There is something universally appealing about puzzles, no matter what our age or particular passion: jigsaw puzzles, word searches, mazes, Sudoku, or any of the puzzle-type games we have stored on our phones. The best puzzles are challenging but not to the point of frustration. They draw on our intelligence and our cleverness, and require both persistence and little bit of luck. As a result, you feel like you’ve truly earned your success – which is satisfying indeed.
The same holds true for puzzles for children, with the added requirement that they be developmentally appropriate. Logic, vocabulary, skills, and even humor vary by age, and they all play a big part in helping the puzzler feel successful. Kids love the thrill of the challenge, and they love feeling smart, all the more so if they’ve had to work at it. At Highlights for Children, we’re best-known for our Hidden Pictures puzzles (which, our spies in the dentist offices tell us, adults love as much as children). In addition to being fun and tricky (Where IS that pencil?), they offer some very concrete cognitive benefits:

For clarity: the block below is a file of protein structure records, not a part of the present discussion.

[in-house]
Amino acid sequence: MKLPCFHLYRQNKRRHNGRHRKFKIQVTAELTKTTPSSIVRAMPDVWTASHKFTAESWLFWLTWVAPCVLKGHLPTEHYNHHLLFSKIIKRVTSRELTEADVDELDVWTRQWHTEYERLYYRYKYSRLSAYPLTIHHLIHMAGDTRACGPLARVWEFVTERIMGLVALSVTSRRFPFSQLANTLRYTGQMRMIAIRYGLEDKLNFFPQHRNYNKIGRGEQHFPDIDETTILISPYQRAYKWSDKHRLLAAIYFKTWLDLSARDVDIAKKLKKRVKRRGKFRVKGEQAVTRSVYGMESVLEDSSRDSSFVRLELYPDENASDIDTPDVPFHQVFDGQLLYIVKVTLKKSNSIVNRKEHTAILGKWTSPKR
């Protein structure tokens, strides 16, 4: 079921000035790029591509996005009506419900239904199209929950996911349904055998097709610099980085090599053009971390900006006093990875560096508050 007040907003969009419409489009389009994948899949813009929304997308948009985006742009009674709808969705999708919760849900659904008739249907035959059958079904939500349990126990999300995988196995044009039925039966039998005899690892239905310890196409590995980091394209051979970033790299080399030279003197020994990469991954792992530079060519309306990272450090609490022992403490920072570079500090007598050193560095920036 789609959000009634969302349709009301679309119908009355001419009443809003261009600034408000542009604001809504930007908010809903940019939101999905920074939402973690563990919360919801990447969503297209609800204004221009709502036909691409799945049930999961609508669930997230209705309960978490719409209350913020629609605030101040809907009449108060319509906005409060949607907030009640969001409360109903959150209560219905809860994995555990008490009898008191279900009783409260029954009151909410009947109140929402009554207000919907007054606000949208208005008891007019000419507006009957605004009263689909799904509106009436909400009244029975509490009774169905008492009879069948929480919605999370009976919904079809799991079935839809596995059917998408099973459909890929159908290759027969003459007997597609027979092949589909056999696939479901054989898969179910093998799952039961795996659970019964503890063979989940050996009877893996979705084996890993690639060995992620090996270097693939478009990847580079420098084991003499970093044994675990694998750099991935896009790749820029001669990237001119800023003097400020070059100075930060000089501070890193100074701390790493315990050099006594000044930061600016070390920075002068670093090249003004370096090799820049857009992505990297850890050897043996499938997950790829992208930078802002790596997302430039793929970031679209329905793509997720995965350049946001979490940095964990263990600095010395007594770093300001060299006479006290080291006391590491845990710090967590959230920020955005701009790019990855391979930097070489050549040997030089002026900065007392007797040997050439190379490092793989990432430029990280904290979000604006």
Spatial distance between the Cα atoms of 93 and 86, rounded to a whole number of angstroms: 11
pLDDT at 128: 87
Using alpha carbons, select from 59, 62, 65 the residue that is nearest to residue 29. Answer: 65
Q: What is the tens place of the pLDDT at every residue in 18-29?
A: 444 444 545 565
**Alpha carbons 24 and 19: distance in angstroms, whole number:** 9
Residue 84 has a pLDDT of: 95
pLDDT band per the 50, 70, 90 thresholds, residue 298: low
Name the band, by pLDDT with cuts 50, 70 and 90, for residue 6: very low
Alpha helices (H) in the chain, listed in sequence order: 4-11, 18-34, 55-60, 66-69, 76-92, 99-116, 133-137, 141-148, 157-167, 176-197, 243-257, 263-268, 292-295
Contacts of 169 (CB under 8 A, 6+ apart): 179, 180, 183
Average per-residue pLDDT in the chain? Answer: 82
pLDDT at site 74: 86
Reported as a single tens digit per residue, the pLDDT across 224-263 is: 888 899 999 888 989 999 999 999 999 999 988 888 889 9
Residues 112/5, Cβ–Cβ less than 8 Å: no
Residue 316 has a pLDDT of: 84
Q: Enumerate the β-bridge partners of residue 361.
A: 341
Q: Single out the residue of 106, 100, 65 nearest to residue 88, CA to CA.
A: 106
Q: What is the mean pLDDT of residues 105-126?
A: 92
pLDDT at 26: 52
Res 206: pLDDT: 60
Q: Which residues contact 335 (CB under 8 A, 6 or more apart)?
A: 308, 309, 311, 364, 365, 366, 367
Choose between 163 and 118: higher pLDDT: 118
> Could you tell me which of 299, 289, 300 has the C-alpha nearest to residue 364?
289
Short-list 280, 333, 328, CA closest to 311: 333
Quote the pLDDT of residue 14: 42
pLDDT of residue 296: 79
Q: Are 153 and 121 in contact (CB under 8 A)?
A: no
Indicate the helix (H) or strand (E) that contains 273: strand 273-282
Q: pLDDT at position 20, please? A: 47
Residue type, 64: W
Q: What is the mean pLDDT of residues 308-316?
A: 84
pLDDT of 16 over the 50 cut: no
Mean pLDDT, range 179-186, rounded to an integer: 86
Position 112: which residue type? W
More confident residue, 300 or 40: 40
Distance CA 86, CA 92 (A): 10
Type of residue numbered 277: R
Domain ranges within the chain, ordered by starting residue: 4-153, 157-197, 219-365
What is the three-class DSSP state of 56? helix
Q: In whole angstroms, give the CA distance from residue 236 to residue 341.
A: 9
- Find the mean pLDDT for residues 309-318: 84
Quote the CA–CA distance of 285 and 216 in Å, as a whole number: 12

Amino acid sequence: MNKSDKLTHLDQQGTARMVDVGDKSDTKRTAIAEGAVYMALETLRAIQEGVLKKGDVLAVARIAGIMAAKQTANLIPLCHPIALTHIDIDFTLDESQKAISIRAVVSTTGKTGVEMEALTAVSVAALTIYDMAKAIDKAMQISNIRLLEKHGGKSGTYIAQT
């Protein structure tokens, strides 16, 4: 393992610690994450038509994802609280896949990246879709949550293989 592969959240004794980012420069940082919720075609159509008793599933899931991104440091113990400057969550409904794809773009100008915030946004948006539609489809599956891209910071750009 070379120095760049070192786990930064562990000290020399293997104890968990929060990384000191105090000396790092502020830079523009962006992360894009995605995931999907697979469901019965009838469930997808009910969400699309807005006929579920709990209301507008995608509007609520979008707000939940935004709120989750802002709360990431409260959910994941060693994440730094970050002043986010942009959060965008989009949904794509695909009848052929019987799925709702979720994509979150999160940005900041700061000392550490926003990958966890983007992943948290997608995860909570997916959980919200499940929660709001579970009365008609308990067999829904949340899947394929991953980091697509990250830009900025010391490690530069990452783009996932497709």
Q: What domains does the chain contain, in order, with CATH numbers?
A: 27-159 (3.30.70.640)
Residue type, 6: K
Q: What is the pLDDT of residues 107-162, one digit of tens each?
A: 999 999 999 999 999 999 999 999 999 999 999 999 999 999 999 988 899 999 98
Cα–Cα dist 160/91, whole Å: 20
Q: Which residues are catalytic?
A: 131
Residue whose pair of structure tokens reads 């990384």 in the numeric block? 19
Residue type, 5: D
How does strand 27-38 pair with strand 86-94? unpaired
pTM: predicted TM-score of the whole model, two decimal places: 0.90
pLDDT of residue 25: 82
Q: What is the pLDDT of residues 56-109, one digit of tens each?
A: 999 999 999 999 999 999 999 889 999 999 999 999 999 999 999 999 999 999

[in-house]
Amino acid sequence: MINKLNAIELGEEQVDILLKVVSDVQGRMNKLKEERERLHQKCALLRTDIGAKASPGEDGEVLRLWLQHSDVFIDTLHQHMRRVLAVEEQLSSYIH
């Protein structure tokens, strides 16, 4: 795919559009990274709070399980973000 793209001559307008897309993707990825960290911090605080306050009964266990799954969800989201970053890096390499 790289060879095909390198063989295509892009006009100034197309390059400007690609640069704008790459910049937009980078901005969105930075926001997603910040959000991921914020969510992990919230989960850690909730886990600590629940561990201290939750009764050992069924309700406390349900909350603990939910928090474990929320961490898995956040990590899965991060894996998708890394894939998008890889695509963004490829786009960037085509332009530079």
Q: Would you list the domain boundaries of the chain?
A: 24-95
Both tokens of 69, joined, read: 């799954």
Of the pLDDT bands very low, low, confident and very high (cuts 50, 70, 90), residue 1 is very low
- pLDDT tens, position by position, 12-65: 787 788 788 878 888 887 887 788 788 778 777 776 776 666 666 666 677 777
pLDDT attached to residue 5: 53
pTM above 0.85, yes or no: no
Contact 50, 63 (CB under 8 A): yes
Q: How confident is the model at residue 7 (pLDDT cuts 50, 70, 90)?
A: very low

Figure ground perception is the formal term for distinguishing items from their backgrounds (made famous by the image of two profile faces forming a vase between them). When kids scan an illustration and look for objects in the negative spaces between images, they are sharpening this skill, which is an important pre-requisite for learning to identify letters and numbers.
Object Constancy refers to the ability to recognize the properties of an object, and to understand that even when it changes in form or appearance it is still the same object. Have you noticed how each of our artists draws a banana in a unique way? Yet savvy puzzlers are always able to recognize them.
Visual Discrimination is the ability to see and appreciate both the similarities and differences between objects. Again, this is an important skill in the development of proficiency in both reading and math.
But perhaps the most important benefit of puzzling is persistence: the ability – the willingness – to work through a problem, to try and try again, to stay motivated and engaged, even when things are difficult. That’s a skill that will help kids throughout their lives, no matter how many different types of bananas they encounter.